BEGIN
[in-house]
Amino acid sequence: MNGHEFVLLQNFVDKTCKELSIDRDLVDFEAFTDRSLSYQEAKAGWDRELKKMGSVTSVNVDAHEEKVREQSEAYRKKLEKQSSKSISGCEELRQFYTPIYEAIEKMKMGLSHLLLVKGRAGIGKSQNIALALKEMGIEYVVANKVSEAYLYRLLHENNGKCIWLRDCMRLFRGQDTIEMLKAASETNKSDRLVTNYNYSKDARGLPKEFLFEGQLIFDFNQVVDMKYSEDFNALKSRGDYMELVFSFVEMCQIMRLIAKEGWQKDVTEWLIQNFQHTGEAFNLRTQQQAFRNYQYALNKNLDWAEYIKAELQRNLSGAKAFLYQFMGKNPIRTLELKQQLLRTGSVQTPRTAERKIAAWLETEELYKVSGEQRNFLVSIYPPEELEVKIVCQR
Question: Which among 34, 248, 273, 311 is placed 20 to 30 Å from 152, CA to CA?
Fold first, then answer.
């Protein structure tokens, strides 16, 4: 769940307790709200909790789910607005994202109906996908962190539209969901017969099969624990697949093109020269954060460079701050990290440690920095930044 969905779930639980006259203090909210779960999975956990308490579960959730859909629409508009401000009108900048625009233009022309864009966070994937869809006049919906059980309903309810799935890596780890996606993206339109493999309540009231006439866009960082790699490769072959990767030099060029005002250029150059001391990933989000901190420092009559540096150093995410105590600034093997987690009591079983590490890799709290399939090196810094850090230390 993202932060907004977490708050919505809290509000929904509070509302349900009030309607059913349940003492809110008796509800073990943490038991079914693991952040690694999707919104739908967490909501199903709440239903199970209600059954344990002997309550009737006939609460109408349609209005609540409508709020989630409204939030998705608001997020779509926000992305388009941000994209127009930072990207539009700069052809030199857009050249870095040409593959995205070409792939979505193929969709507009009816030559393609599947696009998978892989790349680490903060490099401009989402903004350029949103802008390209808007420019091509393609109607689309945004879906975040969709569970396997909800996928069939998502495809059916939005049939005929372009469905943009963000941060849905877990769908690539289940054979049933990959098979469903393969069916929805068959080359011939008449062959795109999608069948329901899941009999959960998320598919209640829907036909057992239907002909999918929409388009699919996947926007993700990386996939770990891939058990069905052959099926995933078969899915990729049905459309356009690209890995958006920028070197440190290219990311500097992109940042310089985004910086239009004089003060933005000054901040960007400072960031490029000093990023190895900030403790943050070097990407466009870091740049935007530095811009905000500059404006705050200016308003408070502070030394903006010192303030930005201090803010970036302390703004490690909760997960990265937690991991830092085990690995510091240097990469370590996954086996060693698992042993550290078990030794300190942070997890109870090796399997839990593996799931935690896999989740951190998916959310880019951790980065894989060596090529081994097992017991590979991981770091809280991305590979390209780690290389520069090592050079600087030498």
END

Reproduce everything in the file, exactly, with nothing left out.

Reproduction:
[in-house]
Amino acid sequence: MNGHEFVLLQNFVDKTCKELSIDRDLVDFEAFTDRSLSYQEAKAGWDRELKKMGSVTSVNVDAHEEKVREQSEAYRKKLEKQSSKSISGCEELRQFYTPIYEAIEKMKMGLSHLLLVKGRAGIGKSQNIALALKEMGIEYVVANKVSEAYLYRLLHENNGKCIWLRDCMRLFRGQDTIEMLKAASETNKSDRLVTNYNYSKDARGLPKEFLFEGQLIFDFNQVVDMKYSEDFNALKSRGDYMELVFSFVEMCQIMRLIAKEGWQKDVTEWLIQNFQHTGEAFNLRTQQQAFRNYQYALNKNLDWAEYIKAELQRNLSGAKAFLYQFMGKNPIRTLELKQQLLRTGSVQTPRTAERKIAAWLETEELYKVSGEQRNFLVSIYPPEELEVKIVCQR
Question: Which among 34, 248, 273, 311 is placed 20 to 30 Å from 152, CA to CA?
Fold first, then answer.
């Protein structure tokens, strides 16, 4: 769940307790709200909790789910607005994202109906996908962190539209969901017969099969624990697949093109020269954060460079701050990290440690920095930044 969905779930639980006259203090909210779960999975956990308490579960959730859909629409508009401000009108900048625009233009022309864009966070994937869809006049919906059980309903309810799935890596780890996606993206339109493999309540009231006439866009960082790699490769072959990767030099060029005002250029150059001391990933989000901190420092009559540096150093995410105590600034093997987690009591079983590490890799709290399939090196810094850090230390 993202932060907004977490708050919505809290509000929904509070509302349900009030309607059913349940003492809110008796509800073990943490038991079914693991952040690694999707919104739908967490909501199903709440239903199970209600059954344990002997309550009737006939609460109408349609209005609540409508709020989630409204939030998705608001997020779509926000992305388009941000994209127009930072990207539009700069052809030199857009050249870095040409593959995205070409792939979505193929969709507009009816030559393609599947696009998978892989790349680490903060490099401009989402903004350029949103802008390209808007420019091509393609109607689309945004879906975040969709569970396997909800996928069939998502495809059916939005049939005929372009469905943009963000941060849905877990769908690539289940054979049933990959098979469903393969069916929805068959080359011939008449062959795109999608069948329901899941009999959960998320598919209640829907036909057992239907002909999918929409388009699919996947926007993700990386996939770990891939058990069905052959099926995933078969899915990729049905459309356009690209890995958006920028070197440190290219990311500097992109940042310089985004910086239009004089003060933005000054901040960007400072960031490029000093990023190895900030403790943050070097990407466009870091740049935007530095811009905000500059404006705050200016308003408070502070030394903006010192303030930005201090803010970036302390703004490690909760997960990265937690991991830092085990690995510091240097990469370590996954086996060693698992042993550290078990030794300190942070997890109870090796399997839990593996799931935690896999989740951190998916959310880019951790980065894989060596090529081994097992017991590979991981770091809280991305590979390209780690290389520069090592050079600087030498």